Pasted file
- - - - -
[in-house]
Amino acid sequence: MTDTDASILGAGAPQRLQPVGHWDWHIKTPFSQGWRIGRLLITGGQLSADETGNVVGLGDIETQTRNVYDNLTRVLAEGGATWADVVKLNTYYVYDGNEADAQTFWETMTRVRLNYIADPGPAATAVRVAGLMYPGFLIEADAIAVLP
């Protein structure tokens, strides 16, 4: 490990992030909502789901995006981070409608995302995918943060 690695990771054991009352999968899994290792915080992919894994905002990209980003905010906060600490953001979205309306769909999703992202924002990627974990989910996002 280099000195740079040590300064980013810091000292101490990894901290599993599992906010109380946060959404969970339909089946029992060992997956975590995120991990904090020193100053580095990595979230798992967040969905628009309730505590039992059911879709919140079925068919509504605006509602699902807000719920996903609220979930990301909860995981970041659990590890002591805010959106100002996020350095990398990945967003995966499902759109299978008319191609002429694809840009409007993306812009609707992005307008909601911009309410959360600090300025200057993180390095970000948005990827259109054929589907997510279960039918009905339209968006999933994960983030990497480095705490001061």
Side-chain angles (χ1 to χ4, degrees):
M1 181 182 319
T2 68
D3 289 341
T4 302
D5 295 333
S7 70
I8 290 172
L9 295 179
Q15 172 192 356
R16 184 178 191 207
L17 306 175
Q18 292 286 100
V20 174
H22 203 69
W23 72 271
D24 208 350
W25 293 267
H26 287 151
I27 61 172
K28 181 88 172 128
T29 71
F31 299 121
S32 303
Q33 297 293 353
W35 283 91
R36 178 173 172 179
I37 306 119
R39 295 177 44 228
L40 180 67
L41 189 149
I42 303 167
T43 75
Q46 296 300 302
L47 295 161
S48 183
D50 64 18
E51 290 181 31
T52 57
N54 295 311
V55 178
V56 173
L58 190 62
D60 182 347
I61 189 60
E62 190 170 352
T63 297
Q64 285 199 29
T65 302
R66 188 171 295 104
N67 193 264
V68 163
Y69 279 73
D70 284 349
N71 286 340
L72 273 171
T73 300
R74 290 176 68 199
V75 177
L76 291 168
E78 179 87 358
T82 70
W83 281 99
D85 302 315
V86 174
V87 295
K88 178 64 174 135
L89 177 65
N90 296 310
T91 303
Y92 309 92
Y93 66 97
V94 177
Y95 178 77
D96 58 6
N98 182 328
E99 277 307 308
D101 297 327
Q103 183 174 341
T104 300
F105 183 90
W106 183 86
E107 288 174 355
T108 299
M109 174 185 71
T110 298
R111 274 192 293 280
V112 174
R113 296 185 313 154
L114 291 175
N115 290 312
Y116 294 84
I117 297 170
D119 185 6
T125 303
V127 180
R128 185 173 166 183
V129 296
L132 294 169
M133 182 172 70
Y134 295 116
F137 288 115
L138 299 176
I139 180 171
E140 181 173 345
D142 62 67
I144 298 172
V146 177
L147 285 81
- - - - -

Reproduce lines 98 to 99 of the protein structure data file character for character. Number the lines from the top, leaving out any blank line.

T125 303
V127 180